Day 2 :
Pöyry Management Consulting Oy, UK
Time : 10:00-10:30
Petri Vasara is the Director and Head of Global Consulting Practice in “BioFutures”. He is a member of Pöyry Management Consulting’s global management team. He is specialist in new technologies, innovations, industrial policy, foresight, new media, biobased chemicals, energy including bioenergy and biofuels, business models and environmental assessments. His areas of expertise cover innovation projects across the spectrum of technologies and industry branches, large-scale projects concerning different aspects of European and global industry policy, advanced strategic studies combining environment, economy and technology; trend and scenario analysis, environmental strategy formulation and research projects utilising mathematics and computers.
To stay competitive in a global market, any organisation needs to anticipate the most significant consumer trends which shape the business. Consumer trends foresight produces information which can also be applied and adapted to food packaging. Pöyry has a long history in trend foresight work within many industries using propietary tools. In our presentation, we first discuss current and emerging consumer trends relevant for food packaging based on our foresight tools. The presentation will give an comprehensive overview of the consumer trends relevant for the industry and foresight on rising themes. In the second part of the presentation, we solidify the case for the trends by presenting case examples from early adopters where the emerging trends have been met by e.g. new technology, user interfaces, sustainability measures, new bio- and nanomaterials, software solutions and new business models. As a conclusion, we present theses on what this all would mean for food packaging.
Tecnologico de Monterrey, México
Keynote: Development of biodegradable films based on blue corn flour with potential applications in food packaging
Time : 10:30-11:00
Cecilia Rojas de Gante has completed her PhD from UFR-Sciences-Université of Reims-Champagne-Ardenne, France and she is qualified in Biotechnology in Transgenic Organisms from University of Salamanca, Spain. She is working as Researcher at Packaging Department in Laboratorios Nacionales de Fomento Industrial and International Coordinator of RISEA-CYTED Program (Iberoamerican Network of Food Packaging Centers). She is also working as a full Professor at Biotechnology and Food Engineering Department at Tecnológico de Monterrey, México.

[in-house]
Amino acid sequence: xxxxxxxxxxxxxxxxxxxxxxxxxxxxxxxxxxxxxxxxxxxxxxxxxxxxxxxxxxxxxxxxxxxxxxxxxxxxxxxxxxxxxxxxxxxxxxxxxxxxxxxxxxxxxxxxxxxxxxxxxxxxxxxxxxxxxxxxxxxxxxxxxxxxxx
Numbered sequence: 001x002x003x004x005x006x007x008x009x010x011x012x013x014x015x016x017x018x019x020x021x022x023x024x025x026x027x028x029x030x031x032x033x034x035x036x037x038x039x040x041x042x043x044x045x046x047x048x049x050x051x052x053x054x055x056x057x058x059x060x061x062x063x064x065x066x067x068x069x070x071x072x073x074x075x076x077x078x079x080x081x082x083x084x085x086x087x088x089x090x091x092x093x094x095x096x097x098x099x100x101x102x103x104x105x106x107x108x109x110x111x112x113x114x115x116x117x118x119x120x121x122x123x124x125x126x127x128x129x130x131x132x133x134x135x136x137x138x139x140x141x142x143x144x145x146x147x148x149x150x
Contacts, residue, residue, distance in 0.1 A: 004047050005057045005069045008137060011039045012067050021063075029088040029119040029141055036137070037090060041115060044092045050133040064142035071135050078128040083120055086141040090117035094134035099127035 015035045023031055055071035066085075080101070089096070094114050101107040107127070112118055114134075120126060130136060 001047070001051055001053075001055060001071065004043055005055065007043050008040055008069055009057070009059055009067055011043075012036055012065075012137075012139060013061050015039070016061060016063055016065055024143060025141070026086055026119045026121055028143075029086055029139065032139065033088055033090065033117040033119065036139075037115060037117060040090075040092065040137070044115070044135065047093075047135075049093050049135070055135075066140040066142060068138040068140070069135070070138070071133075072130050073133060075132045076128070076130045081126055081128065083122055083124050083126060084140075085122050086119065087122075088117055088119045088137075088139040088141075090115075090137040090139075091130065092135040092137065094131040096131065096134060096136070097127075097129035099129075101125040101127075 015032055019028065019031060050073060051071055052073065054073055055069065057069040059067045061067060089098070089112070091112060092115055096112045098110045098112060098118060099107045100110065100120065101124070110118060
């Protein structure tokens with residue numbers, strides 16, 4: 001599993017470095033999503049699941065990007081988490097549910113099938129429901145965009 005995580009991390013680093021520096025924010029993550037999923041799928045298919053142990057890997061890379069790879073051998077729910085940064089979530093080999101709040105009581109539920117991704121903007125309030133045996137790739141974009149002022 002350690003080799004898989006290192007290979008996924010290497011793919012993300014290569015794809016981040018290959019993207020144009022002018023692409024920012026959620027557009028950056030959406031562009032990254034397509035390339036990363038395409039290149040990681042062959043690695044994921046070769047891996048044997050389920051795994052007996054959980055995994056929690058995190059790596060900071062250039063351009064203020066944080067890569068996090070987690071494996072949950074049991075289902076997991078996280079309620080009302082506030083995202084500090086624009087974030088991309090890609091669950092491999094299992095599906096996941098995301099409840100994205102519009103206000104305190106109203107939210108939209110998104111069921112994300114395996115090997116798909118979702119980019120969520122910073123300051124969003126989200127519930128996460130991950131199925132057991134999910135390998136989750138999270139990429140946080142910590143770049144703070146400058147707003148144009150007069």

Using cereal flours as raw materials for obtaining thermoplastics do not require extractive operations, thereby making the process more sustainable. In this study, blue corn flour films were developed. Commercially-available blue corn (Zea mays L.) kernels were obtained from Guanajato (México). The cereal grain´s total composition (excluding the pericarp) is used. The blue corn flour was obtained according to the methodology described by Rojas de Gante et al. (2010). The plasticizing effects of two different polyols (glycerol and sorbitol) on the mechanical, thermal, and microstructural properties of flour films were researched. All films were transparent, with a light blue coloration and had an average thickness of 0.199±0.027 µm. The results showed that films plasticized with sorbitol had better mechanical properties and less affinity for water than those plasticized with glycerol. The sorbitol-plasticized films were more rigid and did not lose their integrity when immersed in water. The ATR-FTIR spectra of blue corn flour plasticizer with sorbitol showed the presence of the additional band at 1745 cm-1 characteristic of the carbonyl peak, which confirms the chemical linkages between sorbitol and a polymeric matrix. The effect of the plasticizer on the glass transition temperature (Tg) was characterized using differential scanning calorimetry (DSC). Tg decreased as the plasticizer content increased. Plasticized glycerol films showed lower Tg values than those with sorbitol. SEM observations showed that it was necessary to add plasticizer to maintain film integrity. The sorbitol-plasticized flour films revealed better adhesion between phases, and these films showed a compact structure.